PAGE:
I had to wait a while before I could write about our New Year’s Eve celebration. Not because I drank so much that I was still hung over. Not because I had so much fun that I am only now sending out thank you notes and finishing up my photo books.
No, it’s so I could get a solid hold on what reality I was living that weekend and when I told you, I wanted to get it exactly right.
My husband had a nosebleed in the middle of December. He suffered in silence, as it started in the middle of the night and all evidence of it was gone by the morning. It was no more than a footnote over our morning coffee.
That weekend he had another. I raised an eyebrow and have to wash a load of towels.
Still, only two nosebleeds. Not a huge deal but certainly strange because I haven’t seen a nosebleed from him since his sinus surgery five years ago, which will live on in infamy. Because I will never forget what a nightmare it was and I want to ensure he doesn’t either.
Christmas Eve comes, and my husband’s schnozzle decides it has had enough of its quiet lifestyle and erupts like a volcano. This one has my attention. It’s everywhere, it’s never-ending, and most importantly, it’s getting our clean, ready-for-company house all dirty. Time to deploy the big girl panties.
We finish cleaning for the party and I wash my hands eleven times (get it? Eleven? Nosebleeds?) and our Christmas Eve celebration continues.
That night, we agree he has to talk to his doctor after the holidays about the nosebleeds. My Own Darling drives almost 3000 miles a month for work and does NOT want to get that type of nosebleed while driving.
I boil water and run a vaporizer until our walls are dripping so I can put moisture in the air. He not only has been dealing with the nosebleeds but also got the same illness* I had and has been coughing up a lung for the past two nights. It’s the dreaded man cold and I mentally gird my loins. He visits a quick care and gets some Tessalon Pearls. He mentions the nosebleeds but they’re not concerned since he’s not having one right then.
The moist air doesn’t help. That Saturday I hear him skittering down the hall to the bathroom and I just know it’s another geyser. A half hour doesn’t seem like a very long time normally but when he’s losing what looks like a gallon of blood, it’s an eternity. We’re getting to be experts at managing them but definitely not happy about it. Plans to call the doctor have been moved out of “maybe” into talks of Immediate Care instead, but it stops and doesn’t come back. Talks stall.
New Years’ Eve dawns and over morning coffee, Joe decides to celebrate early by having a party in his nose, with lots of streamers. It’s made worse because he’s coughing so much but finally this one stops too. I suggest a quick care visit but it’s vetoed. The nosebleed stops…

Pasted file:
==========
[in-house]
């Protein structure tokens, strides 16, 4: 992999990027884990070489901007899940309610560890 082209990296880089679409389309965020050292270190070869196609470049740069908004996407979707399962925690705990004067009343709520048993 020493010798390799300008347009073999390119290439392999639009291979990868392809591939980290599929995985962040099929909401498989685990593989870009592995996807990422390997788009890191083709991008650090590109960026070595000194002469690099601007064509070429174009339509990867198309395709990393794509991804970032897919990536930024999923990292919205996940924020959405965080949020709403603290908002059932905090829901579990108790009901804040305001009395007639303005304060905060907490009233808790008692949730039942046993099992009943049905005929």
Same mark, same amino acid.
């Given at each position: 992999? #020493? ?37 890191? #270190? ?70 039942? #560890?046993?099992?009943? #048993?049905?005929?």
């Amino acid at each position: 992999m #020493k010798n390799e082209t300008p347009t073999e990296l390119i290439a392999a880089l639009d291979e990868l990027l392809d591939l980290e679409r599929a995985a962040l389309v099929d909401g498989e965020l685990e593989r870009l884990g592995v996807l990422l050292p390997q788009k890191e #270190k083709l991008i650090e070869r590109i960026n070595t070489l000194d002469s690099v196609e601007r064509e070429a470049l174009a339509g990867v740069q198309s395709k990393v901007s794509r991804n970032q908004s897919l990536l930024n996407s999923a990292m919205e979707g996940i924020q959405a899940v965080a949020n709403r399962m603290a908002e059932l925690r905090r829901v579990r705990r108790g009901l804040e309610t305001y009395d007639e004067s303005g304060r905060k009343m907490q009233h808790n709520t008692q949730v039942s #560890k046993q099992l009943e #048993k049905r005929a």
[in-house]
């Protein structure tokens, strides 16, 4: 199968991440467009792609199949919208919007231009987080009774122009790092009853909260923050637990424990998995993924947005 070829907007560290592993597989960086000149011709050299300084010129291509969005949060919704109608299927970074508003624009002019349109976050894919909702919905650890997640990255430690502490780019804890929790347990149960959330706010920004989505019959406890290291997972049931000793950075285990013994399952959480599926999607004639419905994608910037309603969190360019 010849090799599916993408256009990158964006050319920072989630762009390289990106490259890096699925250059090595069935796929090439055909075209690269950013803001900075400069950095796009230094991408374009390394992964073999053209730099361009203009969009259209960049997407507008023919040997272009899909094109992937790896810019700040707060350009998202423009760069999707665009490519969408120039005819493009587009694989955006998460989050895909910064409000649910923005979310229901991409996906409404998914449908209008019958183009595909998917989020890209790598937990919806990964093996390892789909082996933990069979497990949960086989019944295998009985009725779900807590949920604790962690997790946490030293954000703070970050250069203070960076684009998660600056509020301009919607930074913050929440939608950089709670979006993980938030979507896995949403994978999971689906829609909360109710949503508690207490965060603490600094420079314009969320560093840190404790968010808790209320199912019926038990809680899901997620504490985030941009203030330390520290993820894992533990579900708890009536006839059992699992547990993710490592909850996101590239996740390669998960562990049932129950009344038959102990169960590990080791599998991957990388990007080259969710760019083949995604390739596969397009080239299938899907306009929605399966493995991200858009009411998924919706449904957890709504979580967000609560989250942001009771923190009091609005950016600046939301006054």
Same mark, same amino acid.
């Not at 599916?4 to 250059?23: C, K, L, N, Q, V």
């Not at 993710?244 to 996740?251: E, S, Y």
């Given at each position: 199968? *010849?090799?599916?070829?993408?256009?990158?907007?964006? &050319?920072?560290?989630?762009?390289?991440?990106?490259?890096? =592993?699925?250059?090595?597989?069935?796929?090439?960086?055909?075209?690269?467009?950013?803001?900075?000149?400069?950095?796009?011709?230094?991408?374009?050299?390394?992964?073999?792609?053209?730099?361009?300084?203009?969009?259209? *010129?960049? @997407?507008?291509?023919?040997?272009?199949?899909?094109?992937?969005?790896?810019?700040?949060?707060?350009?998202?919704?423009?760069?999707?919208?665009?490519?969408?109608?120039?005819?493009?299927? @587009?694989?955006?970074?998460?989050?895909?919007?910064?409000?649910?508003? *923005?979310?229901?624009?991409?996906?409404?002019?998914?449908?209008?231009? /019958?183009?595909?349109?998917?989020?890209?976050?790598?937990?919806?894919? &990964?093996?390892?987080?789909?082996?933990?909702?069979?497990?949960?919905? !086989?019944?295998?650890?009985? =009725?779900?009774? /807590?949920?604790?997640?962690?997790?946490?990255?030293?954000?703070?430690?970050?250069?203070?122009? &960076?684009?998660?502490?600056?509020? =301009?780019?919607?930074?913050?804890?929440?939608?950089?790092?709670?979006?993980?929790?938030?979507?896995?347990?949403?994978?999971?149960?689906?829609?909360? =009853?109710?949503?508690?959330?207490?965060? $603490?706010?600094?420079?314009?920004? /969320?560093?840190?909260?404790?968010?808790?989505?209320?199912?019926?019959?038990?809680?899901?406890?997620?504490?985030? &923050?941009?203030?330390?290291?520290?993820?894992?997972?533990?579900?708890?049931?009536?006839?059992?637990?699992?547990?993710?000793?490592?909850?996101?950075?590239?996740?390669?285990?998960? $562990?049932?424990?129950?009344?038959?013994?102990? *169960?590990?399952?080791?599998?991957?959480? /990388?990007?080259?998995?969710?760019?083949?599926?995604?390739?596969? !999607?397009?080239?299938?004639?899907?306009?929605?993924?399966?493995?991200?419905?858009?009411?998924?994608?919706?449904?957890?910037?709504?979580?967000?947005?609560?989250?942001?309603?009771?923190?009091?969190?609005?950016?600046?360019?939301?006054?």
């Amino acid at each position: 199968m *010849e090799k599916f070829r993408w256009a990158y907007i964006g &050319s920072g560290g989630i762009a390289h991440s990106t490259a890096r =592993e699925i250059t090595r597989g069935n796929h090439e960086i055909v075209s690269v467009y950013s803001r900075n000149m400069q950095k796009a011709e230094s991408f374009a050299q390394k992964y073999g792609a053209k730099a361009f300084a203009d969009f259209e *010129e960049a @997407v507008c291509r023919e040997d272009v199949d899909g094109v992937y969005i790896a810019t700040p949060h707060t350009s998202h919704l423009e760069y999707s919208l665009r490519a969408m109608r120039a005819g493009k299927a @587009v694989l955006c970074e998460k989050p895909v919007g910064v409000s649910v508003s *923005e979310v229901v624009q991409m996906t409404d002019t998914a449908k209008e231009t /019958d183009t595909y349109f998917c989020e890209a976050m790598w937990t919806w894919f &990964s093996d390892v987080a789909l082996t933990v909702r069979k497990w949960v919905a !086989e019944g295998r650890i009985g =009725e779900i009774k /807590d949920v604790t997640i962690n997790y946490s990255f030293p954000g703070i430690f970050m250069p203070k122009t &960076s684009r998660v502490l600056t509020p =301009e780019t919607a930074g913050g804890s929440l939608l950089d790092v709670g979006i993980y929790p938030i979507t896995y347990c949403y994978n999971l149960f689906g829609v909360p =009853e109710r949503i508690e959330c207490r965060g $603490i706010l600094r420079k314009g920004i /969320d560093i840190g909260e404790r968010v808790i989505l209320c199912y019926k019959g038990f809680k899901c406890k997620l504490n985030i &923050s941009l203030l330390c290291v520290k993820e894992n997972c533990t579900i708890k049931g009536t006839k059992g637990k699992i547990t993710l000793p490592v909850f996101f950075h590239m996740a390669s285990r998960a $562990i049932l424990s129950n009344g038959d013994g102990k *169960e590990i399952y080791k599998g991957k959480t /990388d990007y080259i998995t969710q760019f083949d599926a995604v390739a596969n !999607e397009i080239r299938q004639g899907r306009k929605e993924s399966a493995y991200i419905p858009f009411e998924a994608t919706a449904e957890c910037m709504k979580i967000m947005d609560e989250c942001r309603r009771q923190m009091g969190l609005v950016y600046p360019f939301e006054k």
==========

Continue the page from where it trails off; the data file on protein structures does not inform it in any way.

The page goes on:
…only to start up again around seven that night and this time, we don’t even need to discuss it before piling into the car to go to the ER. We can’t get it stopped.
They put a sexy plastic ring on his nose that pinches his nostrils shut but that doesn’t work. He graduates to level two; a nurse fashions another one out of two tongue depressors which does the trick but pinches his nose so tightly that he feels like he’s choking. He is, actually, because since he can’t breathe through his nose, he’s got to breathe through his mouth but guess what’s starting to clog his airway? Our friend, the helpful blood clot, trying valiantly to stop the nosebleed.
I’m going to pause here to confide that Joe doesn’t do well with swallowing vitamins in the morning. One multivitamin and he’s choking and gagging on it and can barely get it down. The sounds he makes are unlike anything heard in nature, and they’re coupled with his bare foot pounding the kitchen floor as if that will help. I’m pretty sure our neighbors hear this morning routine. It cracks me up because I’m evil like that but at least I know he’s taking his vitamins.
There are four ER nurses in the room with us now, all telling my darling Pookie Pants to stay calm but when Joe feels the gigantic choking blob in the back of his throat, despite the instructions, he most certainly does not stay calm.
To my untrained eye, it appears our room has become the site of a horrible butchering but boy howdy, does that gets us ushered immediately and with all due haste into an exam room. I realize that I’m going to have to burn my clothes and Joe’s, but at least I know where all the antibacterial gel is in the emergency room.